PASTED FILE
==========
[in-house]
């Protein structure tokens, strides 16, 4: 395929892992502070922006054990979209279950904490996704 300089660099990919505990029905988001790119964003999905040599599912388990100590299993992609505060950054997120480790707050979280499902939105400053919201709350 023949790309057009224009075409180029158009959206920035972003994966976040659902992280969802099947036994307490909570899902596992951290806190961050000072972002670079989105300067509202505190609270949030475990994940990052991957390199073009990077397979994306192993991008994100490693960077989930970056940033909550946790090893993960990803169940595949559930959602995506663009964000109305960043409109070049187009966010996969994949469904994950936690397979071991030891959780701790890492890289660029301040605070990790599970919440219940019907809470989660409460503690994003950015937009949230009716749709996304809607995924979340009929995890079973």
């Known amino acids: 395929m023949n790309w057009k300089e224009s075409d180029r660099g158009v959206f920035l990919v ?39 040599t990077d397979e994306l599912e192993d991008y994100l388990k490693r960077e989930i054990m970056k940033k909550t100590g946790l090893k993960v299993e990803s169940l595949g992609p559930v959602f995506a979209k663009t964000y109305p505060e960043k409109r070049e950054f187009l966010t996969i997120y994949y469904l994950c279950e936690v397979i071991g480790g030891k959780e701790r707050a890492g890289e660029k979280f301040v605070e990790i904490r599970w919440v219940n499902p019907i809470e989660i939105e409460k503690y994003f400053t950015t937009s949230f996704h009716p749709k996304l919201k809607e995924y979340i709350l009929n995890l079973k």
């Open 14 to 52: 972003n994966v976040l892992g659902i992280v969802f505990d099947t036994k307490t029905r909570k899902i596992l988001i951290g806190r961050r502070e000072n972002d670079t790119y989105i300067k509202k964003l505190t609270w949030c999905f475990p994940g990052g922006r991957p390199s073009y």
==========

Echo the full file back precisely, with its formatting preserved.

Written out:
[in-house]
């Protein structure tokens, strides 16, 4: 395929892992502070922006054990979209279950904490996704 300089660099990919505990029905988001790119964003999905040599599912388990100590299993992609505060950054997120480790707050979280499902939105400053919201709350 023949790309057009224009075409180029158009959206920035972003994966976040659902992280969802099947036994307490909570899902596992951290806190961050000072972002670079989105300067509202505190609270949030475990994940990052991957390199073009990077397979994306192993991008994100490693960077989930970056940033909550946790090893993960990803169940595949559930959602995506663009964000109305960043409109070049187009966010996969994949469904994950936690397979071991030891959780701790890492890289660029301040605070990790599970919440219940019907809470989660409460503690994003950015937009949230009716749709996304809607995924979340009929995890079973």
């Known amino acids: 395929m023949n790309w057009k300089e224009s075409d180029r660099g158009v959206f920035l990919v ?39 040599t990077d397979e994306l599912e192993d991008y994100l388990k490693r960077e989930i054990m970056k940033k909550t100590g946790l090893k993960v299993e990803s169940l595949g992609p559930v959602f995506a979209k663009t964000y109305p505060e960043k409109r070049e950054f187009l966010t996969i997120y994949y469904l994950c279950e936690v397979i071991g480790g030891k959780e701790r707050a890492g890289e660029k979280f301040v605070e990790i904490r599970w919440v219940n499902p019907i809470e989660i939105e409460k503690y994003f400053t950015t937009s949230f996704h009716p749709k996304l919201k809607e995924y979340i709350l009929n995890l079973k």
């Open 14 to 52: 972003n994966v976040l892992g659902i992280v969802f505990d099947t036994k307490t029905r909570k899902i596992l988001i951290g806190r961050r502070e000072n972002d670079t790119y989105i300067k509202k964003l505190t609270w949030c999905f475990p994940g990052g922006r991957p390199s073009y």